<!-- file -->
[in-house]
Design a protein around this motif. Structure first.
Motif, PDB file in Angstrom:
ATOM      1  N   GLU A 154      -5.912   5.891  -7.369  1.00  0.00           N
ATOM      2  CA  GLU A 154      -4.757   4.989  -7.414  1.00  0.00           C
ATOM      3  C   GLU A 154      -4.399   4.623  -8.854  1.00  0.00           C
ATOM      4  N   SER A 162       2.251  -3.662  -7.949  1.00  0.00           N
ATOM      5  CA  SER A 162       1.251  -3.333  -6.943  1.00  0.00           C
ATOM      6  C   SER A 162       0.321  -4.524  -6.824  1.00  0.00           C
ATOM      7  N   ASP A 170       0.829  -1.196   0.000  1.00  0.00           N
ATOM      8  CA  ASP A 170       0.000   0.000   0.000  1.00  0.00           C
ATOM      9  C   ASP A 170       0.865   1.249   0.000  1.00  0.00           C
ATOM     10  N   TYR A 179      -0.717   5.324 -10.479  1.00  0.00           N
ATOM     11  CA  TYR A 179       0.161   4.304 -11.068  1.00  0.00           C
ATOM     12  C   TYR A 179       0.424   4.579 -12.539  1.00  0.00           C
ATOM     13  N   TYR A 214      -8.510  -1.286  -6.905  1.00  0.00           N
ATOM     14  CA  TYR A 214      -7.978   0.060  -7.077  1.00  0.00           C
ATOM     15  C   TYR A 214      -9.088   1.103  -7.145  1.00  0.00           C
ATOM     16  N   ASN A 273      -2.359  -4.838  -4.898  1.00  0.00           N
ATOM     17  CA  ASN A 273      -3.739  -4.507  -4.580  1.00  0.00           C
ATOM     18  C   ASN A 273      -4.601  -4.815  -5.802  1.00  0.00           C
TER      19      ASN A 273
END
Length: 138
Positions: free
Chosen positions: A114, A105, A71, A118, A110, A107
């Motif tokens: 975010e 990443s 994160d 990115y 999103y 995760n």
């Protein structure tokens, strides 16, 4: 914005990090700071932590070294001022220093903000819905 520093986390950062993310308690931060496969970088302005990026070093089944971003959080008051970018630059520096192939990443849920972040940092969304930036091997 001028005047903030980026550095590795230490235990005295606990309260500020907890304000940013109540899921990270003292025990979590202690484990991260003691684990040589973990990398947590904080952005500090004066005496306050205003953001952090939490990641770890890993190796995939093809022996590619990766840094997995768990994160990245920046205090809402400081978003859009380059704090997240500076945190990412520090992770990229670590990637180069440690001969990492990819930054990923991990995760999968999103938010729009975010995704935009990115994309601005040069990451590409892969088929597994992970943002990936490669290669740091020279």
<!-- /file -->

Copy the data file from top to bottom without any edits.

[in-house]
Design a protein around this motif. Structure first.
Motif, PDB file in Angstrom:
ATOM      1  N   GLU A 154      -5.912   5.891  -7.369  1.00  0.00           N
ATOM      2  CA  GLU A 154      -4.757   4.989  -7.414  1.00  0.00           C
ATOM      3  C   GLU A 154      -4.399   4.623  -8.854  1.00  0.00           C
ATOM      4  N   SER A 162       2.251  -3.662  -7.949  1.00  0.00           N
ATOM      5  CA  SER A 162       1.251  -3.333  -6.943  1.00  0.00           C
ATOM      6  C   SER A 162       0.321  -4.524  -6.824  1.00  0.00           C
ATOM      7  N   ASP A 170       0.829  -1.196   0.000  1.00  0.00           N
ATOM      8  CA  ASP A 170       0.000   0.000   0.000  1.00  0.00           C
ATOM      9  C   ASP A 170       0.865   1.249   0.000  1.00  0.00           C
ATOM     10  N   TYR A 179      -0.717   5.324 -10.479  1.00  0.00           N
ATOM     11  CA  TYR A 179       0.161   4.304 -11.068  1.00  0.00           C
ATOM     12  C   TYR A 179       0.424   4.579 -12.539  1.00  0.00           C
ATOM     13  N   TYR A 214      -8.510  -1.286  -6.905  1.00  0.00           N
ATOM     14  CA  TYR A 214      -7.978   0.060  -7.077  1.00  0.00           C
ATOM     15  C   TYR A 214      -9.088   1.103  -7.145  1.00  0.00           C
ATOM     16  N   ASN A 273      -2.359  -4.838  -4.898  1.00  0.00           N
ATOM     17  CA  ASN A 273      -3.739  -4.507  -4.580  1.00  0.00           C
ATOM     18  C   ASN A 273      -4.601  -4.815  -5.802  1.00  0.00           C
TER      19      ASN A 273
END
Length: 138
Positions: free
Chosen positions: A114, A105, A71, A118, A110, A107
């Motif tokens: 975010e 990443s 994160d 990115y 999103y 995760n």
């Protein structure tokens, strides 16, 4: 914005990090700071932590070294001022220093903000819905 520093986390950062993310308690931060496969970088302005990026070093089944971003959080008051970018630059520096192939990443849920972040940092969304930036091997 001028005047903030980026550095590795230490235990005295606990309260500020907890304000940013109540899921990270003292025990979590202690484990991260003691684990040589973990990398947590904080952005500090004066005496306050205003953001952090939490990641770890890993190796995939093809022996590619990766840094997995768990994160990245920046205090809402400081978003859009380059704090997240500076945190990412520090992770990229670590990637180069440690001969990492990819930054990923991990995760999968999103938010729009975010995704935009990115994309601005040069990451590409892969088929597994992970943002990936490669290669740091020279």